The world is falling short of achieving the SDG 7 for energy

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The world is falling short of achieving the Sustainable Development Goal (SDG) 7 for energy by 2030, according to a report.

SDG 7 encompasses various targets, including universal access to electricity and clean cooking, significant improvements in energy efficiency, and a substantial increase in the use of renewable energy sources.

Fulfilling this goal would have profound effects on people’s health and well-being, protecting them from environmental and social risks like air pollution, while also expanding access to essential healthcare and services, the International Energy Agency (IEA), the International Renewable Energy Agency (IRENA), the United Nations Statistics Division (UNSD), the World Bank, and the World Health Organization (WHO) said in its report.

Estimates from the International Renewable Energy Agency (IRENA) reveal that international public financial support for clean energy in low- and middle-income countries has been declining even before the COVID-19 pandemic.

Funding remains limited to only a few countries. It is imperative to undertake structural reforms in international public finance and explore new opportunities to unlock investments to meet the targets of SDG 7 and ensure that people can fully benefit from the socio-economic advantages of transitioning to sustainable energy.

The report also highlights that mounting debt and rising energy prices are worsening the prospects of achieving universal access to clean cooking and electricity. Projections indicate that if further action is not taken, approximately 1.9 billion people will still lack clean cooking facilities by 2030, and 660 million will remain without access to electricity.

According to the World Health Organization (WHO), approximately 3.2 million people die annually due to illnesses caused by the use of polluting fuels and technologies, leading to increased exposure to hazardous levels of household air pollution.

Key findings from the report include:

In 2010, 84 percent of the global population had access to electricity, which increased to 91 percent in 2021. This means that over a billion people gained access during that period. However, the pace of growth in access has slowed down in 2019-2021 compared to previous years, with a significant gap remaining in urban areas despite efforts towards rural electrification.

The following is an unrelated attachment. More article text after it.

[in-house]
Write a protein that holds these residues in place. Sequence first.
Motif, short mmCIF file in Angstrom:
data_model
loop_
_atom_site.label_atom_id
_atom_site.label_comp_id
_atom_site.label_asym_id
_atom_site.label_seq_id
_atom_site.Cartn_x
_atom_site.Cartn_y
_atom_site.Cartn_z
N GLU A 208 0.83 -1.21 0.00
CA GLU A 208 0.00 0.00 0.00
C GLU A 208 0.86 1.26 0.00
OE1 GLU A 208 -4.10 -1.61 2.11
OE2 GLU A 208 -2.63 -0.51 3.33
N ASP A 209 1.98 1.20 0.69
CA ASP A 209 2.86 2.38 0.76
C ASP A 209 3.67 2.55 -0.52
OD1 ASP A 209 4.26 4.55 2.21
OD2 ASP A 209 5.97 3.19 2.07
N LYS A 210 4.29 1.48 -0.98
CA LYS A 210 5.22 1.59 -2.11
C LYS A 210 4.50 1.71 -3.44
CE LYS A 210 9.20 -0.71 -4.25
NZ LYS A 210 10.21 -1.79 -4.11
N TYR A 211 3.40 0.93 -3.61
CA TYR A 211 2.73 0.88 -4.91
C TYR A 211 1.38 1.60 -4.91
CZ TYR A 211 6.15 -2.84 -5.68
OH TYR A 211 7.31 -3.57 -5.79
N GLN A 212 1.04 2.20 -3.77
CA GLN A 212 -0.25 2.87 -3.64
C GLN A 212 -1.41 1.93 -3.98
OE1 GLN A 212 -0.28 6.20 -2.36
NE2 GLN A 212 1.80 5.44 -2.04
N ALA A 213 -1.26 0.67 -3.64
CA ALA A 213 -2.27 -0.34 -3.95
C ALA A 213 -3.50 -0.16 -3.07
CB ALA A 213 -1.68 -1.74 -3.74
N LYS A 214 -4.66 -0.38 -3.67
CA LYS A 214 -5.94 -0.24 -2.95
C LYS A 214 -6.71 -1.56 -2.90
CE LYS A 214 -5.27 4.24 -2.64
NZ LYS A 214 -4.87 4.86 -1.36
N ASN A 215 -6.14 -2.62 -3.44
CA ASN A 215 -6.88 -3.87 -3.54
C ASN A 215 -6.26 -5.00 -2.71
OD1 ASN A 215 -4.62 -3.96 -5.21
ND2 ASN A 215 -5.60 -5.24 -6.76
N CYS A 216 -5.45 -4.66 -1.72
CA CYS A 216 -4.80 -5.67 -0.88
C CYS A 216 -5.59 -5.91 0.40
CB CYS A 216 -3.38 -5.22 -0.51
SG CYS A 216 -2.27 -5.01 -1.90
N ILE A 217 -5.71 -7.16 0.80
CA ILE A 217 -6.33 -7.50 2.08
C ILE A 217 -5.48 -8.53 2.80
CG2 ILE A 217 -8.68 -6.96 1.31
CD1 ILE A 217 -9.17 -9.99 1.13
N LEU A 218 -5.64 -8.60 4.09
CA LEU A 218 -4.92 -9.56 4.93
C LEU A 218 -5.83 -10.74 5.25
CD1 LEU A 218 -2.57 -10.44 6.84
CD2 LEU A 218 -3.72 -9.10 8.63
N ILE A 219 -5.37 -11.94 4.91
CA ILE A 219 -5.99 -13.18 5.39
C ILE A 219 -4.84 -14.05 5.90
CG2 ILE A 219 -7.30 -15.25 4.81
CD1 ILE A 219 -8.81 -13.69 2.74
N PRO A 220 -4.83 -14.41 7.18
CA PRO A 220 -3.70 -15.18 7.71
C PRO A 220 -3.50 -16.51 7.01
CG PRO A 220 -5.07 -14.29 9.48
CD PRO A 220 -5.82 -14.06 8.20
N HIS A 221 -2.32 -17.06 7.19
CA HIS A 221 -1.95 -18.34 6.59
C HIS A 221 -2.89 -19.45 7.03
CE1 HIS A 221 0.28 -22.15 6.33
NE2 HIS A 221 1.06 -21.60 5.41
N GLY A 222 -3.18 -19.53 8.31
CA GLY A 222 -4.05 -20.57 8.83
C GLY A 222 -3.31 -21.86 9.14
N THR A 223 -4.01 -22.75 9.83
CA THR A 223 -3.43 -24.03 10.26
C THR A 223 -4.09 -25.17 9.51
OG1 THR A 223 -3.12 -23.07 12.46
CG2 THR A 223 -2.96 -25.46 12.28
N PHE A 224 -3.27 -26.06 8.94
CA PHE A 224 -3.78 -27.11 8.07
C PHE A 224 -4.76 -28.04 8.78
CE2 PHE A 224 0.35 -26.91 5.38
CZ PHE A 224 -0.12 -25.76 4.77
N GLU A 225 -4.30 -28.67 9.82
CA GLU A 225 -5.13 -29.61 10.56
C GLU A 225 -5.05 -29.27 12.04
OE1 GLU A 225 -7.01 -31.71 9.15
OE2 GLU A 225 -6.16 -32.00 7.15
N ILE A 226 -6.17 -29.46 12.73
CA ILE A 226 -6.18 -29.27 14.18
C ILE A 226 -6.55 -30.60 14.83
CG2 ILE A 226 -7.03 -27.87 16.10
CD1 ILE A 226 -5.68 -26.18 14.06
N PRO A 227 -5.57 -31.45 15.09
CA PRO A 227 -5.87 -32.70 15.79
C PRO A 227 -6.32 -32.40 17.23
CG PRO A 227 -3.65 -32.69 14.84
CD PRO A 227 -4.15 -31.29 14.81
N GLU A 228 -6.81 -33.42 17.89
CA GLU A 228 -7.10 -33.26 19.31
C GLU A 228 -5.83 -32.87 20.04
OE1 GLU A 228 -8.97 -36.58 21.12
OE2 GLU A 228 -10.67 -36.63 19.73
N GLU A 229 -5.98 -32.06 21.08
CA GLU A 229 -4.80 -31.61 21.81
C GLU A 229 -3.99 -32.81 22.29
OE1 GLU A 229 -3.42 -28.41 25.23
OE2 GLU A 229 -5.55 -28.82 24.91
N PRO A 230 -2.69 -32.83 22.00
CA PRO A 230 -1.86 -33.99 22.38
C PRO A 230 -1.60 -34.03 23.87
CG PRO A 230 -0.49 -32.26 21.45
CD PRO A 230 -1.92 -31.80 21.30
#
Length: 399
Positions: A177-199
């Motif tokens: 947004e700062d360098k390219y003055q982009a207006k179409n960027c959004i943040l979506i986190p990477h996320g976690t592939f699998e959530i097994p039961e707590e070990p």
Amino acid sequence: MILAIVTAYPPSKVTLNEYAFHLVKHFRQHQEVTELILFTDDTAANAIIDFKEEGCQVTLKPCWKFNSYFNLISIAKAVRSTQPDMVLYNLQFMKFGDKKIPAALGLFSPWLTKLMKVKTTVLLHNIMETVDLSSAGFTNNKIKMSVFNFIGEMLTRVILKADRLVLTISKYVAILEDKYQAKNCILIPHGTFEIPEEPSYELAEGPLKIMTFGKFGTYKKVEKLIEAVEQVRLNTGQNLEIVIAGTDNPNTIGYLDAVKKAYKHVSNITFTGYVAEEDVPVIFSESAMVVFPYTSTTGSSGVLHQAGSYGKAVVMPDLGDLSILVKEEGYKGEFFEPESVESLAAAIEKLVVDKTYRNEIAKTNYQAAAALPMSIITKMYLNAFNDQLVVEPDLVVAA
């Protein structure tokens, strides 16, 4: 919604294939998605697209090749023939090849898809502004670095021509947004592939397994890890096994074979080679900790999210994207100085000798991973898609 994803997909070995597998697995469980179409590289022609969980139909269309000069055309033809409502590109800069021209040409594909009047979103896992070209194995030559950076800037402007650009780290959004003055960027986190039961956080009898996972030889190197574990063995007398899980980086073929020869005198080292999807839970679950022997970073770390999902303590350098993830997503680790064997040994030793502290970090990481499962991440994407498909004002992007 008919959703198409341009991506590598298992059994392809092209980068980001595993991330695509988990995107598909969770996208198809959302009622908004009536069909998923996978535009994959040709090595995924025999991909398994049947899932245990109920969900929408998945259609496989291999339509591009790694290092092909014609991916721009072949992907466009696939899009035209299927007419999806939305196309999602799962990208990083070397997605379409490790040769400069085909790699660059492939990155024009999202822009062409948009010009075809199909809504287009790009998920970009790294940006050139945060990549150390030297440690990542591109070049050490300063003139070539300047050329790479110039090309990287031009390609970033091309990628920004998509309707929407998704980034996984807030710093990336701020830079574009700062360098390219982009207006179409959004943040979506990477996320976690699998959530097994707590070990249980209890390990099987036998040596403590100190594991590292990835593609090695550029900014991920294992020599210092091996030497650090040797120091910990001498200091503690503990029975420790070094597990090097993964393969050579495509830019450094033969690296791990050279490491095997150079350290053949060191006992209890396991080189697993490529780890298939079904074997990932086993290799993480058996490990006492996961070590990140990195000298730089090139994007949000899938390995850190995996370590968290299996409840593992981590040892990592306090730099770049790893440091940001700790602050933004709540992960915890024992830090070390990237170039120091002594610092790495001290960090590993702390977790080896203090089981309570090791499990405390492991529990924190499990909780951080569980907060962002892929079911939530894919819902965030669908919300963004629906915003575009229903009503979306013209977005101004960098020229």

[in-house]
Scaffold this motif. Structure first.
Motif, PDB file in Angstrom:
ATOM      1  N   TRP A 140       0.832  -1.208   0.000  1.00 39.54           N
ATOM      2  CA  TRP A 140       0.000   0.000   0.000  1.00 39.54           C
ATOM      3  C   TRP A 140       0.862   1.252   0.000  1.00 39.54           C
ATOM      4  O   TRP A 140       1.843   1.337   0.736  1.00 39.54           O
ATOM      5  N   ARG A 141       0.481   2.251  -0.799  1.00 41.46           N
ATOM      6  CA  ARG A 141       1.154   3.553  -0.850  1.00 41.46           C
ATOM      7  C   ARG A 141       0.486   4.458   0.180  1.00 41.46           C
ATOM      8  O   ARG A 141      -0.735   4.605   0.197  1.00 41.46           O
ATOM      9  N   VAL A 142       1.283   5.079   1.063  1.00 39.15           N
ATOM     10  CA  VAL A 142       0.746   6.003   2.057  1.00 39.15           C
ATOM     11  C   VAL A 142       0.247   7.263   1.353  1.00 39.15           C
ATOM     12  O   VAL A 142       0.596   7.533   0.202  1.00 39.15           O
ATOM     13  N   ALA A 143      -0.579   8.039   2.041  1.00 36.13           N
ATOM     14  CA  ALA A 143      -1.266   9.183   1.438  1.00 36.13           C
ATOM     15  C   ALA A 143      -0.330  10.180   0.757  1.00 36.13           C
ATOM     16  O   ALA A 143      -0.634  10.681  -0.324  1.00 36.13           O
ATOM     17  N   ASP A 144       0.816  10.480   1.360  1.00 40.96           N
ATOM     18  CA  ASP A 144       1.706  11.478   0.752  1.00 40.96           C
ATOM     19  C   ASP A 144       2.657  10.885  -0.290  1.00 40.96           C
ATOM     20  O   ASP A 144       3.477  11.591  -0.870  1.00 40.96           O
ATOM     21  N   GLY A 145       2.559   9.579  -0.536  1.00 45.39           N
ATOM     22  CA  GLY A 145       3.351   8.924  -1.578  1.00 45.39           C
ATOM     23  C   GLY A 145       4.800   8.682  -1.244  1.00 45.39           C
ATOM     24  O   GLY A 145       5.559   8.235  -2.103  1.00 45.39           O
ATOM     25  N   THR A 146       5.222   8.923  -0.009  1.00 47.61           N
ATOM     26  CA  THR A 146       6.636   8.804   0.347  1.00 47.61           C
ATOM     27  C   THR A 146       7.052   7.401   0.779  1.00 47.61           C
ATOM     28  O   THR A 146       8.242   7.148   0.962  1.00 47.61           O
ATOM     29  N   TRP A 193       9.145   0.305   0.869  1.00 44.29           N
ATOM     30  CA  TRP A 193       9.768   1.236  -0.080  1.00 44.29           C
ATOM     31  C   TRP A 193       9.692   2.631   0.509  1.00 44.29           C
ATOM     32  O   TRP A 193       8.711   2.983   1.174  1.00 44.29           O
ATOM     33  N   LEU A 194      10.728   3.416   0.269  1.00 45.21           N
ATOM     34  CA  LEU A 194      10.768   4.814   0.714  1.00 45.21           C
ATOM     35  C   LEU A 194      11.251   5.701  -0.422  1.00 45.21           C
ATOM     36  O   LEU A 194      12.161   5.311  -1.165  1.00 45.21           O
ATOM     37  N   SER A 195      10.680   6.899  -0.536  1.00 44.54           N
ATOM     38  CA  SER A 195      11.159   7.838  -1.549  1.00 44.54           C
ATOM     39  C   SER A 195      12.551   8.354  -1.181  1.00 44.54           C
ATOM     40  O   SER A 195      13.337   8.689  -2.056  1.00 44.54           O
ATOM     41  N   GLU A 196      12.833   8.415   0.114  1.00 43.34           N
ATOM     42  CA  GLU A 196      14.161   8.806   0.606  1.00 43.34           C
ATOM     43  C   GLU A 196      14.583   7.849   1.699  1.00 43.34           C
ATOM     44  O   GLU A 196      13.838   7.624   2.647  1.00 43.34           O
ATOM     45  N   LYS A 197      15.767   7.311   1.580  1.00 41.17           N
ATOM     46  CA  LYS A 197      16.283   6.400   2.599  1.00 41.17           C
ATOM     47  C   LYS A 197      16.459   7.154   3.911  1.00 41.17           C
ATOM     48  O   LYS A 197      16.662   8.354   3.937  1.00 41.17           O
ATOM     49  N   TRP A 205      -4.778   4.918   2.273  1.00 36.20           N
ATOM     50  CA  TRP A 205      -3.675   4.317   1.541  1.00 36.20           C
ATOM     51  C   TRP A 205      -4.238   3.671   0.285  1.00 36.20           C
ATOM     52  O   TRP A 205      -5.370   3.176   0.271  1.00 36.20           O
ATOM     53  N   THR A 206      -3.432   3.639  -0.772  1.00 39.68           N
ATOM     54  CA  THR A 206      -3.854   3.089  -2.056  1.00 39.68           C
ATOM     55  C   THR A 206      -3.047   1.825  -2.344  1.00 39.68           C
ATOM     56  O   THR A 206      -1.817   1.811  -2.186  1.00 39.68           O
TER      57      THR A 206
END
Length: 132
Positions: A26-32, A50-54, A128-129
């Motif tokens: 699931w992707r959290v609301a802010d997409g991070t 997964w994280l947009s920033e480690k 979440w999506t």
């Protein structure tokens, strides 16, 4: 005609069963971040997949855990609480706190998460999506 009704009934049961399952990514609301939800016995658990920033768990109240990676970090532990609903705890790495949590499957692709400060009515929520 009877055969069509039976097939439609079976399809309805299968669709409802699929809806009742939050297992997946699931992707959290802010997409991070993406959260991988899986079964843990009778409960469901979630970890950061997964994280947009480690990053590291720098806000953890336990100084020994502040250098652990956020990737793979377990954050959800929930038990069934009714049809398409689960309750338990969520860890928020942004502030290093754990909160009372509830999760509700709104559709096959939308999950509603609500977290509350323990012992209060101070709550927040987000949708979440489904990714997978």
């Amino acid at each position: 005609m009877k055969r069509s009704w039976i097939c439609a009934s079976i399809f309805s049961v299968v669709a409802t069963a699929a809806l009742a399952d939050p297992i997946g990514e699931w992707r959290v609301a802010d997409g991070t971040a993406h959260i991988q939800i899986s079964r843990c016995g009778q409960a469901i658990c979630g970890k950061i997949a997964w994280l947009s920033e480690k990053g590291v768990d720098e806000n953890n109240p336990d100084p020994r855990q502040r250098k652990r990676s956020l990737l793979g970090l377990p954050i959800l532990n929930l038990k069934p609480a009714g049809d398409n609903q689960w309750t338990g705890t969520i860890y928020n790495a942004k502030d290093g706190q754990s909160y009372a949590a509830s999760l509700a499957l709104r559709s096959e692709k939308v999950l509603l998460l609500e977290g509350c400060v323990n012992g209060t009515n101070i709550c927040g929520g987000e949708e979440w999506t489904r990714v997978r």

In sub-Saharan Africa, 567 million people lacked access to electricity in 2021, accounting for over 80 percent of the global population without access. The access deficit in this region has remained nearly the same since 2010.

Universal access to clean cooking remains unattainable by 2030. Approximately 2.3 billion people still rely on polluting fuels and technologies for cooking, primarily in sub-Saharan Africa and Asia. Additionally, the use of traditional biomass forces households to spend up to 40 hours each week collecting firewood and cooking, hindering women’s employment opportunities, participation in decision-making, and children’s access to education.

Household air pollution caused by the use of polluting fuels and technologies for cooking contributes to an estimated 3.2 million premature deaths each year, according to 2019 WHO estimates.

The share of renewable electricity in global consumption increased from 26.3 percent in 2019 to 28.2 percent in 2020.

Efforts aimed at increasing the proportion of renewable energy used for heating and transportation, which account for over three quarters of global energy consumption, are currently falling short of the targets required to achieve the climate objectives of limiting global warming to 1.5 degrees Celsius.

During the period of 2010 to 2020, the energy intensity of the global economy, which measures the amount of energy used per unit of GDP, showed an annual improvement rate of 1.8 percent. This represents a higher rate of improvement compared to previous decades, which saw a 1.2 percent increase.

In recent years, the rate of energy intensity improvement has slowed down significantly, reaching just 0.6 percent in 2020. This marks the lowest level of improvement since the global financial crisis, primarily due to restrictions imposed as a result of the pandemic.  In order to meet the SDG target 7.3, annual improvements must now average 3.4 percent until 2030.

International public financial support for clean energy in developing countries reached a total of $10.8 billion in 2021. This amount is 35 percent lower than the average recorded between 2010 and 2019, and it represents only 40 percent of the peak amount of $26.4 billion achieved in 2017. In 2021, 19 countries received 80 percent of these financial commitments.

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